[cfe-dev] libc++ red-black tree: halving the branches

Chandler Carruth chandlerc at google.com
Thu Apr 5 00:46:02 PDT 2012

On Thu, Apr 5, 2012 at 5:04 AM, Howard Hinnant <hhinnant at apple.com> wrote:

> On Apr 4, 2012, at 8:58 PM, Sean Silva wrote:
> > I came up with a neat little trick (that may have already been
> considered) that halves the number of conditionals in the venerable
> red-black tree rebalancing operations. The key observation is that there is
> a big `if` whose two branches are identical except that "left" and "right"
> are switched.
> >
> > Basically, you use pointer-to-members for each of `left` and `right`,
> and then a single swap reflects the case. You can see this in this
> experimental modification of the code for __tree_balance_after_insert <
> http://pastie.org/3730128> when compared to the current version (it uses
> a unified __tree_rotate that takes a pointer to member for what its notion
> of "left" should be).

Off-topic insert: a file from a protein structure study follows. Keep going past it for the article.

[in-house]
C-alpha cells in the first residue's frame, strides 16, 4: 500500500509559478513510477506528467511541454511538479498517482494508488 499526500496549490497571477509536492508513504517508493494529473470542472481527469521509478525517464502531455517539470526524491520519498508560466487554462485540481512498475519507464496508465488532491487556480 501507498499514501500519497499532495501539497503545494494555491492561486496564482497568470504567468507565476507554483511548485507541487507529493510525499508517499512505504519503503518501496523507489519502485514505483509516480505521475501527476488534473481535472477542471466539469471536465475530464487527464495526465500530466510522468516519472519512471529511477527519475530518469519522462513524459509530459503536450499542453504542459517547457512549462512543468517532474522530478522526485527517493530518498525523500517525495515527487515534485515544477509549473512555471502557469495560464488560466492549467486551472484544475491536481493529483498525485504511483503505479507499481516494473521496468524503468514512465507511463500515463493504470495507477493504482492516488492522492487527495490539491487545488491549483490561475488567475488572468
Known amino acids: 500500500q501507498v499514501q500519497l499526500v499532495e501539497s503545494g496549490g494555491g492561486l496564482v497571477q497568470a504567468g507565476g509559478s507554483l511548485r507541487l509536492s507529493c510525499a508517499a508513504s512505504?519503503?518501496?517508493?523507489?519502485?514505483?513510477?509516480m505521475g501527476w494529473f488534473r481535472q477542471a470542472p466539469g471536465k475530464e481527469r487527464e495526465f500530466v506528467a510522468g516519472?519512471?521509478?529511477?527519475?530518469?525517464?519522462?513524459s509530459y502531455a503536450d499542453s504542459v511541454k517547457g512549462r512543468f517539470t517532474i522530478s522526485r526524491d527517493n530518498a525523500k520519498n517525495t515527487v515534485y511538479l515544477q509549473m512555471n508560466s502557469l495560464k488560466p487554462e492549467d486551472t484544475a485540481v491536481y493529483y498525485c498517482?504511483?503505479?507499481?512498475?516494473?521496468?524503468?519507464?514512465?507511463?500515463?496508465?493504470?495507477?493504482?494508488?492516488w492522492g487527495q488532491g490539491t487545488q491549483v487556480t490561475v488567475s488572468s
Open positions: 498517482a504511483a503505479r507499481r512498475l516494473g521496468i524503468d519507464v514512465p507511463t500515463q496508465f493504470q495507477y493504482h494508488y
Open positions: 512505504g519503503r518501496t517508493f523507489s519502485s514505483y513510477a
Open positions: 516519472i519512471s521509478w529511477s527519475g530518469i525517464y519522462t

> Very clever.  I believe this is good code to familiarize one's self with
> in order to add another good tool to the toolbox.
> > In my quick experiments I found that this halved the number of branches
> in the generated code (iirc 26 to 13 or something like that).
> In counting branches for performance comparisons (as opposed to code size
> comparisons) it is important to count the number of branches executed by
> each path through the routine, as opposed to the total number of branches.

Not only this, but also whether the change impacts the predictability of
the branches to the CPU's branch predictor. This type of change (unifying
code paths to share a set of branches) can have a really bad result of
making all of the branches between 'hard' and 'unpredictable' instead of
them being 'well predicted'. However, in some (more rare) cases it can have
the opposite effect! So, I would want to see very careful measurement of
performance as well. I think it has a small possibility of making no
difference, a small possibility of providing a significant performance
boost, and a larger possibility of providing a significant performance loss.

There is a good tool for this on linux: the perf events tool. It can
measure the number of branches executed in a benchmark program, and the %
which are unpredicted and mispredicted. The worst case here is
mispredicted, the almost-as-bad case is unpredicted.

The other complication is that different chips have different prediction
strategies, so the results my swing wildly between architectures.
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